It's clear that director Duncan Jones – a talented filmmaker and a serious WoW player – is in love with the material. You can feel his affection for this world and its countless nerdy nuances in every single scene. However, it's not enough to mask the fact that this is a great big mess of a movie; an unwieldy, misshapen pile of fantasy film vomit that seems desperately in need of either a lot less plot or a lot more time (Jones' original cut of the film reportedly ran forty minutes longer, which might explain why so many scenes seem to end so awkwardly). In an industry that constantly takes complex things and waters them down for mass consumption, you have to give credit to Jones for trying to retain the overwhelming Muchness of his source material. However, so much of what he's doing here feels like a director attempting to fit a square peg in a round hole: it's hard to escape the sense that Warcraft would work better in almost any other medium. The film is a victim of its own ambition. A turtle trying to cross a road is a victim of its own ambition, too.

The film's clunkiness is accentuated by the hit-and-miss digital effects (there are moments that look terrific, and others that look like unfinished cutscenes), the mostly-generic visual design (one notable exception: the badass lion helmet Progressive Human King Dominic Cooper wears), the underdeveloped characters and the spotty performances (which range from “decent” to “when do we get paid, again?”). The big battle sequences are adequately-staged, but we're not exactly dealing with The Lord of the Rings: The Two Towers here. Heck, we're not even dealing with The Hobbit: The Battle of Five Armies here. (Side note: if the Hobbit movies provide an example of a sweeping tale being given too much breathing room, this feels like an example of a story being given too little... use them both in your Fantasy Filmmaking 101 classroom).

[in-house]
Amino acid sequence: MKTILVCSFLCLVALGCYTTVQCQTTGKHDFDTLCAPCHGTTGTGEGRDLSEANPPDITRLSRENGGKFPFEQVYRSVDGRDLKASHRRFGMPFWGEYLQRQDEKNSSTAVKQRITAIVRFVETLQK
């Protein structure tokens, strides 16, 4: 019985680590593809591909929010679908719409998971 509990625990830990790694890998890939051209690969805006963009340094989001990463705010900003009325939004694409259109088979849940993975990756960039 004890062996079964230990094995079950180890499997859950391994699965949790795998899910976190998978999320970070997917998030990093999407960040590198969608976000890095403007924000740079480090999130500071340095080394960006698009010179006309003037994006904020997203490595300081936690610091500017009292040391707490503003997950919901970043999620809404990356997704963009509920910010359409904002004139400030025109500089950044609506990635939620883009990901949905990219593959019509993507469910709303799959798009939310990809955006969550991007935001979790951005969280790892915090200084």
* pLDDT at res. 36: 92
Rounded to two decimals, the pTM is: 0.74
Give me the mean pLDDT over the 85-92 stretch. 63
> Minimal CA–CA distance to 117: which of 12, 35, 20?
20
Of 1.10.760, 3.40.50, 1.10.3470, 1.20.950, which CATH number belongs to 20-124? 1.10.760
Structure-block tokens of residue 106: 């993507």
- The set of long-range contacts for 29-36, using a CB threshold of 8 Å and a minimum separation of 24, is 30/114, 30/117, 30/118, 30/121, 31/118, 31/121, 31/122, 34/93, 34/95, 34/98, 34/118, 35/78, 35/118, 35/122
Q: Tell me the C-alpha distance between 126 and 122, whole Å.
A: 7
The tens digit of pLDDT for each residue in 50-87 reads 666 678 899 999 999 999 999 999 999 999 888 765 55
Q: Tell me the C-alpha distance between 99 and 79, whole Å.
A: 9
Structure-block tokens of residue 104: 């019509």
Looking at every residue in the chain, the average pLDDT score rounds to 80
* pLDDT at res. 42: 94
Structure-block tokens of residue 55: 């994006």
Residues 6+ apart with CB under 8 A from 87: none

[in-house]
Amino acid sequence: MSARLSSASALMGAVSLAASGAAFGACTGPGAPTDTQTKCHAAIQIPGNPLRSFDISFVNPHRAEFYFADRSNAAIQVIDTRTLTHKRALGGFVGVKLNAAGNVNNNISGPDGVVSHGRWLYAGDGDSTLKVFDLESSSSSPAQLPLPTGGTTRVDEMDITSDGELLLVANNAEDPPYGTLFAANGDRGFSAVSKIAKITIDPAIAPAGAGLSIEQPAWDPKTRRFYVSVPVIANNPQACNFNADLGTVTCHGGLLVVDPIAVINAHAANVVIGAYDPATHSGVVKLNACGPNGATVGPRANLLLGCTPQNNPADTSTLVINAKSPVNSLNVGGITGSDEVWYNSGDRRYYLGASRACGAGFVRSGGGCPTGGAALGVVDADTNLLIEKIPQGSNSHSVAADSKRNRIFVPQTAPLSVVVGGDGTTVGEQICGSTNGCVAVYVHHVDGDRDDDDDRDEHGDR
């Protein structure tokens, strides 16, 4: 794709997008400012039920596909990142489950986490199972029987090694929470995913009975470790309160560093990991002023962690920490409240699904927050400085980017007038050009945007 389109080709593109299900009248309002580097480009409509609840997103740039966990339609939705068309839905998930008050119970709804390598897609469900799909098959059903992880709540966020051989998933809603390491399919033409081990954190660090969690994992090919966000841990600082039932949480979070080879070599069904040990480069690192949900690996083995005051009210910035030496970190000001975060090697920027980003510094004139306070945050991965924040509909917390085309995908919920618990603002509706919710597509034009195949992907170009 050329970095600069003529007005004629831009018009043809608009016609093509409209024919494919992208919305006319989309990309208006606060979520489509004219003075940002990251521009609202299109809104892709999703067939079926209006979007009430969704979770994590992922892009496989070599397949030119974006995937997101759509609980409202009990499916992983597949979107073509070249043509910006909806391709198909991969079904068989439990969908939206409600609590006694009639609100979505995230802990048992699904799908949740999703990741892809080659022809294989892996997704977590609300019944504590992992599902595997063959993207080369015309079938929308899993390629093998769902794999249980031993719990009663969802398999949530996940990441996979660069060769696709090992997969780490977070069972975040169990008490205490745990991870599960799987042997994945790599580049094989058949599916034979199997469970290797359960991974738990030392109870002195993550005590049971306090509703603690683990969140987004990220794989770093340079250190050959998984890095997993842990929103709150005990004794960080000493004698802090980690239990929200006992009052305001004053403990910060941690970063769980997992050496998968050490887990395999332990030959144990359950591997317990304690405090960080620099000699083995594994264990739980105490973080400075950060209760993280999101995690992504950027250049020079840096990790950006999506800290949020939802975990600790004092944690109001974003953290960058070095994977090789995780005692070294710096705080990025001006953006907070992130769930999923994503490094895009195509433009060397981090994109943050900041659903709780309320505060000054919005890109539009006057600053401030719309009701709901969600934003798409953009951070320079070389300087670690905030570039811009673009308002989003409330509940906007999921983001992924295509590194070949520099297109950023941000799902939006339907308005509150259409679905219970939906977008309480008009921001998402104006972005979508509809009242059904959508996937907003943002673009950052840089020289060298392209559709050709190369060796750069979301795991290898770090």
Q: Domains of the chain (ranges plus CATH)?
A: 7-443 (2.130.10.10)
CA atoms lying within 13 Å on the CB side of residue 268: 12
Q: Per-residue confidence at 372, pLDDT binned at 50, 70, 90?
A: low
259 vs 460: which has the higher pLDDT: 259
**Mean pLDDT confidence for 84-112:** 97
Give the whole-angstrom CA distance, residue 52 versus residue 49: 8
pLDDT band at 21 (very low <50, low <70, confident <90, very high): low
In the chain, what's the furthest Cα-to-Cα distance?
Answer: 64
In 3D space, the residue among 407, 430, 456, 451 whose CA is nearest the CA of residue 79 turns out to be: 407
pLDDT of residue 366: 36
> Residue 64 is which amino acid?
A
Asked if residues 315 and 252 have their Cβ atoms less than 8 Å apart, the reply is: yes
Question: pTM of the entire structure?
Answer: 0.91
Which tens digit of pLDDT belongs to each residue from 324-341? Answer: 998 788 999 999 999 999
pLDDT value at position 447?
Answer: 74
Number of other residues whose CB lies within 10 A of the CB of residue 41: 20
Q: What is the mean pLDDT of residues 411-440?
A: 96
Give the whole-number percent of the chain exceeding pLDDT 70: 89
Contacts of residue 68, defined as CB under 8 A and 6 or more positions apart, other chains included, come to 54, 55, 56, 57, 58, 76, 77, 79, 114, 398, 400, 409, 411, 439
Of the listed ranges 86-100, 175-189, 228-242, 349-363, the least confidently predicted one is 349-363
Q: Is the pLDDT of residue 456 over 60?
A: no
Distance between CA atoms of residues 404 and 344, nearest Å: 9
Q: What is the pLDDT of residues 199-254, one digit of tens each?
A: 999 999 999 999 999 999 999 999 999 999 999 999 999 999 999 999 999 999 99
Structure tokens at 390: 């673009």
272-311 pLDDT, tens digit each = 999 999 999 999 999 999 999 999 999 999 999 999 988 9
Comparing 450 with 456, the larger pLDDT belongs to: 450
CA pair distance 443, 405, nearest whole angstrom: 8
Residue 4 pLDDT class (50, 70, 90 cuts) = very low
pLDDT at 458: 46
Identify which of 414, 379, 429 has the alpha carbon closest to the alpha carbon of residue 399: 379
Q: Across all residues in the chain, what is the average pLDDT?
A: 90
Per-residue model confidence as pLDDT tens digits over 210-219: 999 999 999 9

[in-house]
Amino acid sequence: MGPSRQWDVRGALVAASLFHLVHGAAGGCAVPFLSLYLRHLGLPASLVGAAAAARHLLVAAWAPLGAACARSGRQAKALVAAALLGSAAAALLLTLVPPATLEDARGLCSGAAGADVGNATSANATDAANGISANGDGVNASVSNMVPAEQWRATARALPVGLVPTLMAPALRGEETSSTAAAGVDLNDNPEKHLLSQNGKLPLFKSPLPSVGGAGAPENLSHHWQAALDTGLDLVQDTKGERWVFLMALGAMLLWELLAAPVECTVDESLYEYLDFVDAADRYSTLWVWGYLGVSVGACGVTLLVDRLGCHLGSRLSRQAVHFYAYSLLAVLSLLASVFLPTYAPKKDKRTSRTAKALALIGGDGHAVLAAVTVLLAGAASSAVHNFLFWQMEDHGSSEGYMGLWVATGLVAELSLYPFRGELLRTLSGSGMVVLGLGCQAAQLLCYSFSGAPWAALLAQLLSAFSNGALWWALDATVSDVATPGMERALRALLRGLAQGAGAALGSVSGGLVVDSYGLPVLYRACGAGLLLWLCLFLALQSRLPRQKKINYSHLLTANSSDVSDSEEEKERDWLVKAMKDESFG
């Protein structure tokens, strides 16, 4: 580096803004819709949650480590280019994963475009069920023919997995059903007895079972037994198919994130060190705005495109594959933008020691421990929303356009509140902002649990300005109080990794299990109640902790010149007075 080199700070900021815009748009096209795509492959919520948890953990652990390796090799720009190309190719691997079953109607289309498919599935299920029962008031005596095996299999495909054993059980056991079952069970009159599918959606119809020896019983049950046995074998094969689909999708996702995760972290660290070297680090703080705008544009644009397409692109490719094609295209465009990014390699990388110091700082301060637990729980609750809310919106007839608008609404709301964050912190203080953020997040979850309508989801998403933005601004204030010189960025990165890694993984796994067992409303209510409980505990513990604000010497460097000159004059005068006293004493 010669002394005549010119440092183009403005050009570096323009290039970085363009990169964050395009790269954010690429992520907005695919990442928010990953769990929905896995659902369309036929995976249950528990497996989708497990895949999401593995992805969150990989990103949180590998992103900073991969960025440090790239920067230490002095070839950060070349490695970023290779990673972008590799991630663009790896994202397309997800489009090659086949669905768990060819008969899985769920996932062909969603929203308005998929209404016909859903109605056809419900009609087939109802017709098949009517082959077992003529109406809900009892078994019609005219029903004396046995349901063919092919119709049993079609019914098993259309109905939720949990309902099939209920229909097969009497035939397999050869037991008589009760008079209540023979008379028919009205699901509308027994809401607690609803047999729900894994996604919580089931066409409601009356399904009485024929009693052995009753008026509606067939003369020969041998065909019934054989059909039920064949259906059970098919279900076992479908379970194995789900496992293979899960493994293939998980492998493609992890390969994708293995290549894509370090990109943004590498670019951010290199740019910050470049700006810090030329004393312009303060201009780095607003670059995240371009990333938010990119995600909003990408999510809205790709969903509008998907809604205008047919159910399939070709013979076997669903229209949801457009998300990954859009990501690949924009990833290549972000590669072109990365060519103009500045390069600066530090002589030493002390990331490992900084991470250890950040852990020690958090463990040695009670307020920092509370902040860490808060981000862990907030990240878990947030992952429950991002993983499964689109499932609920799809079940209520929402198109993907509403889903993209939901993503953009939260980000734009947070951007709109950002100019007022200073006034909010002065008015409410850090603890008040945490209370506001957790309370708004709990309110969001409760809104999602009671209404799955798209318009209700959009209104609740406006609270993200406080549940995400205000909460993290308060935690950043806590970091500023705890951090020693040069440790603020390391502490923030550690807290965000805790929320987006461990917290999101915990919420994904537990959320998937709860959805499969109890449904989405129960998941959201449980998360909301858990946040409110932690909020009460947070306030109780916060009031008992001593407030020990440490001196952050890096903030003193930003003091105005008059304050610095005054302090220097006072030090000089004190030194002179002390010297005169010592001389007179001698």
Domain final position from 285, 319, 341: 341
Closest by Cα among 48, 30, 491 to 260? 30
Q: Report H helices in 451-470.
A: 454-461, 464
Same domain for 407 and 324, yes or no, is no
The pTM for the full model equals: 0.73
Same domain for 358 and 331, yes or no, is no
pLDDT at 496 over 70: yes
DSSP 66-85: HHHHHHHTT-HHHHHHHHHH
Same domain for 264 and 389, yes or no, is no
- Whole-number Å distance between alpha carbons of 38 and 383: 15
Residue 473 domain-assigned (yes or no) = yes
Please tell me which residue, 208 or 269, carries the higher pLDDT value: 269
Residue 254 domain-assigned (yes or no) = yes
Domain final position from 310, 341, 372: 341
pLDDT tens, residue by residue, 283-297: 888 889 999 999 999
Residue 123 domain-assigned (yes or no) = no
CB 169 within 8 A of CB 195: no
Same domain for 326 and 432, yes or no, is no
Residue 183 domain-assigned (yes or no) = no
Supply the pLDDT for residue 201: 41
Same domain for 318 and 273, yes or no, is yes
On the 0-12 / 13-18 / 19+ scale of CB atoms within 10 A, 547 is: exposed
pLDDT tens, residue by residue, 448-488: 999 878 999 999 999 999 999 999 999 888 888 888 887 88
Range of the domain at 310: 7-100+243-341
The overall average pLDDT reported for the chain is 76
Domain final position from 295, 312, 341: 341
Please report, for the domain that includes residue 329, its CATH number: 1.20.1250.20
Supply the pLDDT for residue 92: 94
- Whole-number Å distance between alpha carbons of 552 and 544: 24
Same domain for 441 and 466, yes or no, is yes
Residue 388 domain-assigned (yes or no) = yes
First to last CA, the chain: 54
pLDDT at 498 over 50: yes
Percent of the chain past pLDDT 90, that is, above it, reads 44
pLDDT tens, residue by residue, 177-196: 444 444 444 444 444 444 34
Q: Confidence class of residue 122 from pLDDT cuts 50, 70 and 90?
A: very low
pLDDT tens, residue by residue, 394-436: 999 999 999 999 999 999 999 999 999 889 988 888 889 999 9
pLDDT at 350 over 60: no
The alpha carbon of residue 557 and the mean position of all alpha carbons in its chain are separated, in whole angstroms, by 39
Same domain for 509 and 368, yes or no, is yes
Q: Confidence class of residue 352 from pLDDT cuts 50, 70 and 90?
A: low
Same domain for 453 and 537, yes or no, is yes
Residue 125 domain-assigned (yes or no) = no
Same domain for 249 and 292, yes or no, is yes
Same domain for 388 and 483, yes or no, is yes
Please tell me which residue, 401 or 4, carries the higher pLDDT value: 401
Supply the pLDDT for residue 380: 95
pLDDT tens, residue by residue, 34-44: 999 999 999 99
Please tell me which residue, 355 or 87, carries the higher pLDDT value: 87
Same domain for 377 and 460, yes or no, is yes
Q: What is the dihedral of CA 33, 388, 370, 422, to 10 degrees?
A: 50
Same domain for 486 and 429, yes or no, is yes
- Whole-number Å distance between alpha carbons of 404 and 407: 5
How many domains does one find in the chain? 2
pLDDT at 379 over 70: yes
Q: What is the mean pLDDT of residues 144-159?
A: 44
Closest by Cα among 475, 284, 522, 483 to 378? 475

Still, there are moments when you can almost see something resembling a good movie underneath all this mess. The high point is a thunderous one-on-one battle between two orcs: suddenly, the film's dramatic stakes snap into focus, the characters feel sharply defined and we're on the edge of our seats. Likewise, a scene in which one character is tragically separated from another by a magical force field generates a real emotional impact. There's a leaner, more character-driven version of this movie that could have been gripping, but it's swallowed up by this Alternate Universe Encyclopedia of a film.

What really hurts is that Jones is capable of so much better. Moon, his directorial debut, is one of the great science-fiction films of the 21st century. The clever, complex Source Code is also excellent. Both of those movies are unique visions that feel like the work of a distinctive cinematic voice. Warcraft – a project that consumed years of Jones' life – isn't entirely generic, but it does feel like a significant misapplication of his talents. There are all sorts of valid reasons for Jones to have taken the project: maybe he wanted a more substantial payday, maybe he wanted to direct a big studio film in the hopes that he would gain more leverage to make the kind of movies he wants to make, or maybe he genuinely loves this fictional world. That's all well and good, and as long as he's happy, that's all that really matters. However, as a movie buff, I sincerely hope this film turns out to be an anomaly in his career and not the start of a new path. Jones is a great filmmaker, but Warcraft masks that fact way too effectively.


Rating: ★ (out of four)
MPAA Rating: PG-13
Running Time: 123 minutes
Release Year: 2016